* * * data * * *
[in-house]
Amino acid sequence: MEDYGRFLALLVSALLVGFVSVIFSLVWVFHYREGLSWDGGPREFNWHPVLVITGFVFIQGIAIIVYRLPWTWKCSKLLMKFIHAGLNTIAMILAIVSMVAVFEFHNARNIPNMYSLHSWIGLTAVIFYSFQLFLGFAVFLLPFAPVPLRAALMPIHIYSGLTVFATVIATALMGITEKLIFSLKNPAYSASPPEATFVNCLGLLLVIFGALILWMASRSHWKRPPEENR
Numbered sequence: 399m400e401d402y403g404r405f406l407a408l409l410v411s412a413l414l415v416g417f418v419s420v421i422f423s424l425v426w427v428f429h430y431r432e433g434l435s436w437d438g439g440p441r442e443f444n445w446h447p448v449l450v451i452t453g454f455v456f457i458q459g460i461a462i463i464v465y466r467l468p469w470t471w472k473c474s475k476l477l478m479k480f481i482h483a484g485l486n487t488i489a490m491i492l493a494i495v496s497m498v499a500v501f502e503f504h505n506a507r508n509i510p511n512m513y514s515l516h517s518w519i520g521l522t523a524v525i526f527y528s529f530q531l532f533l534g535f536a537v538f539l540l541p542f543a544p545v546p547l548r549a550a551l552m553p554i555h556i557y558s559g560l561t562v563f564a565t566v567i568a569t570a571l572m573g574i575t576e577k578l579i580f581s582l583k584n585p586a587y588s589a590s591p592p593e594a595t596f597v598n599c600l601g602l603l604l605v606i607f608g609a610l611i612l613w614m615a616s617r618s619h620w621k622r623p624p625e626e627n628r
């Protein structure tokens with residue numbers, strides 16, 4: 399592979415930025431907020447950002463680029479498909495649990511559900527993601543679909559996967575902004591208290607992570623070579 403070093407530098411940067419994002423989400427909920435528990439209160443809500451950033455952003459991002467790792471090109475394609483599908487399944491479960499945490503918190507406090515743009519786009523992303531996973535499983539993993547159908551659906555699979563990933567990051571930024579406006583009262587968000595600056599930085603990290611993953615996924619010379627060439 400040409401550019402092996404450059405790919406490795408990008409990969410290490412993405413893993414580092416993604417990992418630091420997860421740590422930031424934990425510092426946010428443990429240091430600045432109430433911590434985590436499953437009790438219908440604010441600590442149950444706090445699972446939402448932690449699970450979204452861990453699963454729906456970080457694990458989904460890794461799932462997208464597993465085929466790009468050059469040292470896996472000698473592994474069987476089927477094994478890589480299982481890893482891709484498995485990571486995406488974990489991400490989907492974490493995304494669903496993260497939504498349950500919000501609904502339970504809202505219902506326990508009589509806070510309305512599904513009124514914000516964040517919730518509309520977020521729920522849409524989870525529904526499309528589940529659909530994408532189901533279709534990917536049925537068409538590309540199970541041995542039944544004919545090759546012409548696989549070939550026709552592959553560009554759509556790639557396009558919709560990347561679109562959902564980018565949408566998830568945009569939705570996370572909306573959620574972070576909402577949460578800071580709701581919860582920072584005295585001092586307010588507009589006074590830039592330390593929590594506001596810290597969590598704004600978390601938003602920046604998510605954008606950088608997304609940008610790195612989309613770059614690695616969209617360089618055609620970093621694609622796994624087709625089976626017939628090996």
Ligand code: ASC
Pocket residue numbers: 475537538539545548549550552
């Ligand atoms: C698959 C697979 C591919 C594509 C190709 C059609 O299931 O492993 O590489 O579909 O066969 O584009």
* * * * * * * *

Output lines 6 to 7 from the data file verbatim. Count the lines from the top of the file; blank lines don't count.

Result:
Pocket residue numbers: 475537538539545548549550552
């Ligand atoms: C698959 C697979 C591919 C594509 C190709 C059609 O299931 O492993 O590489 O579909 O066969 O584009």